Exclude Where To Live

A guide to living in Sai Ying Pun

Wondering where to live in Hong Kong? It’s always good to talk to the neighbours! In our regular Street Talk feature, we get the inside scoop from residents of different areas in Hong Kong. Here, we talk to Digital Product Manager and Photographer Karling H about why she loves living in Sai Ying Pun.

The Specifics

Where do you live?

Border of Sai Ying Pun and Sheung Wan.

How long have you lived here?

Two months – since Christmas!

Why here?

I love the strong sense of community, green spaces, café culture and arty vibe of this neighbourhood. Craftsmen have long lived and built businesses in Sai Ying Pun, and that spirit can still be felt in the neighbourhood today: the only surviving wood factory in HK is on Queen’s Road West; a family run bamboo steamer business from the 1950s still thrives; glass blowers and ceramicists can be found on First and Third Streets; sauce brewers make legendary chilli and soy sauce at Yu Kwen Yick; one of the few remaining traditional printing shops is on High street … I could keep going!

I especially love early mornings in the neighbourhood when the trolleys are hustling around the wet markets, listening to the locals call out to each other and have a laugh as they go about their work, shop cats stretching in the early light and bamboo steamers filling the air with a delicious scent making tummies rumble, locals doing tai chi in the park or joining my son on the basketball court (where, despite their age, they often outrun him – language differences being no barrier to fun!). The proximity of green space and the basketball courts in particular were a key decision to move into our particular building. The cultivation of a thriving community has not been diluted by the expansion of the neighbourhood, and that’s my favourite thing about the area.

What transport do you use to get to and from your work?

I get the MTR – very handy! However, trams and buses service the area and, if I’m in Central for work for the day, I love the short walk to work.

Sai Ying Pun detour

The Scene

When you walk out of your place, what’s the first thing you see?

The rice man’s cat, cafes, mechanics, a laundry store.

The closest store to your front door is?

Detour café, the rice man Sing Tak Lung, and the laundry lady.

The unofficial uniform of your area is?

Anything goes!

If a celebrity moves in, it will most likely be:

Lucy Liu – an artist in her own right, and someone who I feel appreciates artisanship, and is curious and community-minded.

When you’re in need of a dose of culture, you:

Step outside my front door! Culture is all around, be it the people in the street, the street art everywhere, the art work at the MTR or down Art Lane, or the art gallery called Above Second.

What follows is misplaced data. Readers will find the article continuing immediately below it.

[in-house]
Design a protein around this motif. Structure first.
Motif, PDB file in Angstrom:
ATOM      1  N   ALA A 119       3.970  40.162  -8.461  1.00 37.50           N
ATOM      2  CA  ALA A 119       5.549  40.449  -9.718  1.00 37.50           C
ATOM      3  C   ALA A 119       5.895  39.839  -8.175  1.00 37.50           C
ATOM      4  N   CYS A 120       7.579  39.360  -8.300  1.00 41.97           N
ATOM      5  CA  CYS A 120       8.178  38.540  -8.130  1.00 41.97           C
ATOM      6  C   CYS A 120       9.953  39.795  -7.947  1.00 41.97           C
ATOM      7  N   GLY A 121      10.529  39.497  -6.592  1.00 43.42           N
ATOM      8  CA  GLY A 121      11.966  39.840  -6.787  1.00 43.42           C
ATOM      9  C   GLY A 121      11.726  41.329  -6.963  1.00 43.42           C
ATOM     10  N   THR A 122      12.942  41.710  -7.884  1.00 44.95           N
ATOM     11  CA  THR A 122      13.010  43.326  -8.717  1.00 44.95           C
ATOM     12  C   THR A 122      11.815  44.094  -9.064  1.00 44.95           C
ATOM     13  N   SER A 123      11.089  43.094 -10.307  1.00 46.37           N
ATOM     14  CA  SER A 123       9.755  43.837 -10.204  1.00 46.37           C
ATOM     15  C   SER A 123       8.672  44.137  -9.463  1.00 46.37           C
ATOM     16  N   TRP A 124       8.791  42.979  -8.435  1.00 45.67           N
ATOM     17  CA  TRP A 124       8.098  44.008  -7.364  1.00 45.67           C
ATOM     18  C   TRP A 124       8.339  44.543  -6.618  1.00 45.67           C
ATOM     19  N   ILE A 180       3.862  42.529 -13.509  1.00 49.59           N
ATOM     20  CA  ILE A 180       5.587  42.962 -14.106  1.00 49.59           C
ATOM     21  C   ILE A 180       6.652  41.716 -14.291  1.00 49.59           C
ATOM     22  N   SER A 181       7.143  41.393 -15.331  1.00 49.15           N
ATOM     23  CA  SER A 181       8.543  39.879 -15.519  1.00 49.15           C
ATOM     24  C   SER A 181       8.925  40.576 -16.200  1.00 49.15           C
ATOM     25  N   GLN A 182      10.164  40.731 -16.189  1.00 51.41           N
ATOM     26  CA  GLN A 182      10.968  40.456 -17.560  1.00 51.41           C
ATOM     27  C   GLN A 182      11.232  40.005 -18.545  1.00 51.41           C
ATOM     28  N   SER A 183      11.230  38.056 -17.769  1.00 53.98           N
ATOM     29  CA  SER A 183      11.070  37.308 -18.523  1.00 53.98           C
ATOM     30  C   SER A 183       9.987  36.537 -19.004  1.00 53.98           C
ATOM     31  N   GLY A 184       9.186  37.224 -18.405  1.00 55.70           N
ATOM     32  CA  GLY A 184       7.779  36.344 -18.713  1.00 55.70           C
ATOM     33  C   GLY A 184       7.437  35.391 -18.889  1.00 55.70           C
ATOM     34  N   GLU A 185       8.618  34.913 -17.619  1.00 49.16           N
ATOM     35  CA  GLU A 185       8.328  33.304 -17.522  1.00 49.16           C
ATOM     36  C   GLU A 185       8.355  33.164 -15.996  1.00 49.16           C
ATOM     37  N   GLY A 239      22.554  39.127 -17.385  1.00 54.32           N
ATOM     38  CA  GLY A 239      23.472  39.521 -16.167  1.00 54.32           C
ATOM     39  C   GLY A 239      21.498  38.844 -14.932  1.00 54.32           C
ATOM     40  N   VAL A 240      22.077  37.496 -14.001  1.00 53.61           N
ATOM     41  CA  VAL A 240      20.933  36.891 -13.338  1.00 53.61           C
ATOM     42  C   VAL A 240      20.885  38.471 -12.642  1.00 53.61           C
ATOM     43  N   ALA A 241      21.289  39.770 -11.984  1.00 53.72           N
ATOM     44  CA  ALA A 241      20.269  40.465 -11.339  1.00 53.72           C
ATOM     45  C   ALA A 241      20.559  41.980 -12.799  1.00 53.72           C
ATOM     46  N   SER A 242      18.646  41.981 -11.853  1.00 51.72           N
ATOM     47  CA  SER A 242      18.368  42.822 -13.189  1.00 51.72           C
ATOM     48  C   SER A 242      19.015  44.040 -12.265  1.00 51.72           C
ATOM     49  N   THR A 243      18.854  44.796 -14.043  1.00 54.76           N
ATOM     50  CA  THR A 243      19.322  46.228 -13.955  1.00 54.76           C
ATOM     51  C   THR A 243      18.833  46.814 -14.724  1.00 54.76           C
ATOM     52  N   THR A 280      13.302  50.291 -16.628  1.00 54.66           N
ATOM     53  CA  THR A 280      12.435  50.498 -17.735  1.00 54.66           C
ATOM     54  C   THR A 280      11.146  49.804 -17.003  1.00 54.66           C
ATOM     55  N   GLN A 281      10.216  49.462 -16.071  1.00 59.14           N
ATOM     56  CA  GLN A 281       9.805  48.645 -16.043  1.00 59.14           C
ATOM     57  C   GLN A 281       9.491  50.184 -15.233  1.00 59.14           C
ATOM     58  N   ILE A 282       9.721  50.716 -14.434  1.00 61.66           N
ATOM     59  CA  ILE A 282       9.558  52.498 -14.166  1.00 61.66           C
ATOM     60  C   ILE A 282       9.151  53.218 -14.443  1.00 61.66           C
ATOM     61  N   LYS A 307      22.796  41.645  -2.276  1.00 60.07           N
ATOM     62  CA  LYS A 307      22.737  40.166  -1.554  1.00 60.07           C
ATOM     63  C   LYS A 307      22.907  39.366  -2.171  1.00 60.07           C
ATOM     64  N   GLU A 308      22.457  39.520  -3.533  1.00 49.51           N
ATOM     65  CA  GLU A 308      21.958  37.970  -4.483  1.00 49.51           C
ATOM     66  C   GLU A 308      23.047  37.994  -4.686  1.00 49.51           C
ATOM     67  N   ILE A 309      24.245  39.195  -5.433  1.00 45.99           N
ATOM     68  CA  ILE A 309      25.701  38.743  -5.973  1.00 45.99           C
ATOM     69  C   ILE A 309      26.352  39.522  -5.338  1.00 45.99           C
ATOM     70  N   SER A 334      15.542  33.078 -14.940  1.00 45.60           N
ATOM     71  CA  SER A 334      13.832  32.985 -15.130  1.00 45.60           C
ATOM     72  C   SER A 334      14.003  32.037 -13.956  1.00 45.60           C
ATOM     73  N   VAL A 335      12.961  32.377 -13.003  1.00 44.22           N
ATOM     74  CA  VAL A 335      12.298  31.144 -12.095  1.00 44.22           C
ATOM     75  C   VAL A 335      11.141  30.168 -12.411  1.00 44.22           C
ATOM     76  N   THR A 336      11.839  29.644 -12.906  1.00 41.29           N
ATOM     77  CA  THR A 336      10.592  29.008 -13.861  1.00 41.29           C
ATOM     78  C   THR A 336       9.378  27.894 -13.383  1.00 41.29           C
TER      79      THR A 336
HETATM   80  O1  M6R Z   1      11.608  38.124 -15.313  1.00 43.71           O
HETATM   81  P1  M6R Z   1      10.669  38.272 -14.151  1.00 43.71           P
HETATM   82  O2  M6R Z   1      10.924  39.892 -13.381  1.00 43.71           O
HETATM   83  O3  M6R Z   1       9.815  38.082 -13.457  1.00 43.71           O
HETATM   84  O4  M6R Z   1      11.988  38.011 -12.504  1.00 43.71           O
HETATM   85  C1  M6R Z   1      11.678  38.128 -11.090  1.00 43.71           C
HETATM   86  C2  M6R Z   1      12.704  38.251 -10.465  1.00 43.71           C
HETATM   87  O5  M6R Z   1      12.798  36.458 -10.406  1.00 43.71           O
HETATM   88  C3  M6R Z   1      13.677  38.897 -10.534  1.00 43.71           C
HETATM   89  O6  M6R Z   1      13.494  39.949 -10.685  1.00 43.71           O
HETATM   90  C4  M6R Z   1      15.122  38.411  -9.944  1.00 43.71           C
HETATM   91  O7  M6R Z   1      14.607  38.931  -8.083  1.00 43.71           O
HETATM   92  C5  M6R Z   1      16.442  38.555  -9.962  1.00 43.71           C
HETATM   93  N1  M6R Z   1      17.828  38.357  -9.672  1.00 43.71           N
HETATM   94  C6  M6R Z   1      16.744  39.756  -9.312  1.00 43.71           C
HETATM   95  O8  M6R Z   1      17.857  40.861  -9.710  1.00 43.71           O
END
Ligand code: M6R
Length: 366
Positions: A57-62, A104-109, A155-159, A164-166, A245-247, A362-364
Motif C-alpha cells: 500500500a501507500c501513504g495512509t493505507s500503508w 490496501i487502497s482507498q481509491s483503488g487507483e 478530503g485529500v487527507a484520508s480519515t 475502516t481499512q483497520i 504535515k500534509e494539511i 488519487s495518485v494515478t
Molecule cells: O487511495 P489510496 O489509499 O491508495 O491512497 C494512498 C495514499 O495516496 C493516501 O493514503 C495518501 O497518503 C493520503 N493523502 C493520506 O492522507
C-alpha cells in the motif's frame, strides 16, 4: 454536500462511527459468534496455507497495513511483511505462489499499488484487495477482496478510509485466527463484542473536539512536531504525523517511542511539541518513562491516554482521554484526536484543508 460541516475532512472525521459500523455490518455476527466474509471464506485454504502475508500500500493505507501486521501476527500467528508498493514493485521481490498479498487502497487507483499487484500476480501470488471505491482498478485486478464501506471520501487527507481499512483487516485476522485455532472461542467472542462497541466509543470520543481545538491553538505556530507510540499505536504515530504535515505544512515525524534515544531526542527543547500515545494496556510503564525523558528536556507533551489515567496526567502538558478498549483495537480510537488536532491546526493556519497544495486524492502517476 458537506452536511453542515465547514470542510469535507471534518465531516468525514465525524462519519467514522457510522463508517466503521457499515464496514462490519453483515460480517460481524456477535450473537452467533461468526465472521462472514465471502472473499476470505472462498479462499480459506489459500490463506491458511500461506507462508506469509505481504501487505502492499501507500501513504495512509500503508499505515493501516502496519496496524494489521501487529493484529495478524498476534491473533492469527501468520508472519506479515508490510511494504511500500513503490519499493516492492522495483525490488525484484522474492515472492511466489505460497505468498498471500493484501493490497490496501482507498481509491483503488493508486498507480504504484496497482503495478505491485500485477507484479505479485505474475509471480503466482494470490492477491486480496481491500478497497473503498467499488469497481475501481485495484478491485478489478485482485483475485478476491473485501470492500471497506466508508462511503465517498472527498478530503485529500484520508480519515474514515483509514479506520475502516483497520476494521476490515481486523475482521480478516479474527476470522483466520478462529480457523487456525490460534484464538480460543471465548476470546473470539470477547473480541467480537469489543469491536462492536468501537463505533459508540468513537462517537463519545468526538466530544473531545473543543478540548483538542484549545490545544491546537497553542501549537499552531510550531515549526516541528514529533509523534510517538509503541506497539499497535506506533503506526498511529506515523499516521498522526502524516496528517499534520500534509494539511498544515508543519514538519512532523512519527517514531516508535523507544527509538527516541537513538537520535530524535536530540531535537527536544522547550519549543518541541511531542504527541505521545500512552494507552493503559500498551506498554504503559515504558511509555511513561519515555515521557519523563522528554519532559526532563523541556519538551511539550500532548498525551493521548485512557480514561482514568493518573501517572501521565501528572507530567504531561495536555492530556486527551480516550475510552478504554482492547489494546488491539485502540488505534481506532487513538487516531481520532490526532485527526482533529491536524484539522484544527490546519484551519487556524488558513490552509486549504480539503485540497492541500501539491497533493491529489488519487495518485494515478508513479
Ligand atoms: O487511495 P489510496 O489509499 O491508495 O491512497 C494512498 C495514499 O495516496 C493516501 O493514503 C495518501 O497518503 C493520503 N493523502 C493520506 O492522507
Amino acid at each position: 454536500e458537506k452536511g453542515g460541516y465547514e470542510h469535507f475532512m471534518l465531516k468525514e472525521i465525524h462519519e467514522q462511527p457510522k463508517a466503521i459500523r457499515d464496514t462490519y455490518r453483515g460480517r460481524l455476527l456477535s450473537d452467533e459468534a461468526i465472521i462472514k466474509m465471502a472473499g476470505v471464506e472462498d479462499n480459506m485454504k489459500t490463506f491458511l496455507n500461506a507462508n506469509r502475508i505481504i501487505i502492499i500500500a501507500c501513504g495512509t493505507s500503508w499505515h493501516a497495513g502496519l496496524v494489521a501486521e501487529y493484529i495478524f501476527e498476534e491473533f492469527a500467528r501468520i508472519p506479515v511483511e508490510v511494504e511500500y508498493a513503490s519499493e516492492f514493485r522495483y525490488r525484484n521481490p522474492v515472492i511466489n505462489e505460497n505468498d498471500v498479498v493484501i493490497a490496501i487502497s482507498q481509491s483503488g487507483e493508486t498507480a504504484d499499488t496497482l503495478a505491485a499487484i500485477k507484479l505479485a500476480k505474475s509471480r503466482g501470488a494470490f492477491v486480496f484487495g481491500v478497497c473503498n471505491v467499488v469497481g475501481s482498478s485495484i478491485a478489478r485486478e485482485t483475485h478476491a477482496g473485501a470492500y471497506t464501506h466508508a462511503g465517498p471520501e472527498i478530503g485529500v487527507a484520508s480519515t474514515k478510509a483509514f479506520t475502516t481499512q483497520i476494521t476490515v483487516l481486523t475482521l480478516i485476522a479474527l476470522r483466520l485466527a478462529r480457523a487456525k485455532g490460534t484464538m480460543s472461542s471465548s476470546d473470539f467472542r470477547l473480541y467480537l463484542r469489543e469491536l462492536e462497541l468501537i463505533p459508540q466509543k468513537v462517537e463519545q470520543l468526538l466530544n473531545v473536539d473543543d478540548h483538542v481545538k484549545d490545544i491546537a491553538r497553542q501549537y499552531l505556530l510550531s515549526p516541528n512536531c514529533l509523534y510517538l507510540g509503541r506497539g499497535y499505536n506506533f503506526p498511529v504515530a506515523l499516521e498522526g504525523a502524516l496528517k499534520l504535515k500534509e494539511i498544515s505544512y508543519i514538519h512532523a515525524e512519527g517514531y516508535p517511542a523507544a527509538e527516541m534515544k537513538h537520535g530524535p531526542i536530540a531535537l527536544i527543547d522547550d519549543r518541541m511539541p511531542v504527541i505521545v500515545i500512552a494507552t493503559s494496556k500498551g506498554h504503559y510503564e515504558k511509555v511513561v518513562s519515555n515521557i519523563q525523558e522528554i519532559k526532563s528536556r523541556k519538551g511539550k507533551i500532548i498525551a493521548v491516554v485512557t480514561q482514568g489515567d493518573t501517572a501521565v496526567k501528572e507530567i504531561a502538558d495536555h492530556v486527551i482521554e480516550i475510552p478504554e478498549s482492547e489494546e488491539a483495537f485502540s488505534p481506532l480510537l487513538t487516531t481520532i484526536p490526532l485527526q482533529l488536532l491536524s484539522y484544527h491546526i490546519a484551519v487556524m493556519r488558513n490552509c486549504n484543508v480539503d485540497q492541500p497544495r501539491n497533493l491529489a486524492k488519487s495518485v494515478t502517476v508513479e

Sai Ying Pun wall art

A mandatory stop for taking out-of-town guests is:

Art Lane.

A common myth about your area is:

I’ve heard people say, “Oh, you live in such an expat area”, however I find there are loads of locals here, including many local eateries.

If you’re ever woken up at night it’s almost always due to:

The person who lives in the flat above me who likes to practice piano in the dead of the night – that, or the clanking of the boats in the harbour; it’s amazing how high up and how far noise carries across water.

A massive late-night rager in Sai Ying Pun is likely to involve:

Gin at Ping Pong Gintonería, a late-night set at Potatohead’s music room, then yakitori skewers at BBQ on Third Street … it’s a fairly quiet neighbourhood, which I love.

Sai Ying Pun building

The Superlatives

Your hands-down favourite neighbourhood joint is:

Winstons for a coffee on the run, Detour for a laidback coffee, great avo toast and good tunes, and Locofama on a Sunday afternoon.

You won’t find better local food than at:

Eng Kee Noodle Shop for the best char siu noodles and beef brisket noodles (soooo good!), Kwan Kee for claypot rice, and Yuen Kee for Chinese-style dessert!

The strangest thing you’ve ever seen in this area is:

Older locals taking their caged birds out for early morning jogs around King George Park.

The best bargains in your neighbourhood are:

Takeaway dim-sum dishes from the “bao lady” at Bao Dim Gui Yan on Centre Street, bamboo steamers and wares from Tak Chong Sum Kee Bamboo Steamer Company, made by hand since the 1950s, and the local electrical stores on Queen’s Road West.

dim sum

The guiltiest pleasure in your area is:

Afternoons at Premier Cru sharing a bottle of wine in the little courtyard out the back. My children would say FTea – their favourite bubble tea place – or Sweeties Dessert.

One thing you’d never change is:

The community! As I mentioned, I love that when my son plays basketball in the local park, people always join in. I would also never change the colourful walk-up tenement buildings (tong lau), the little local eateries, the enormous trees, the incredible street art and the wet markets.

The city gives you $5 million to soup up your area. You use it to:

Preserve the old tong lau and bring more greenery into the streets.

Do you love your neighbourhood?

Share it with others – just email us at info@expatliving.hk with “Street Talk”  in the subject line. Include your name and street, and we’ll be in touch.

See more in our Living in Hong Kong section

Starting a business in Hong Kong
Guide to where to live in Hong Kong

This article first appeared in the April/May 2019 issue of Expat Living magazine. Subscribe now so you never miss an issue.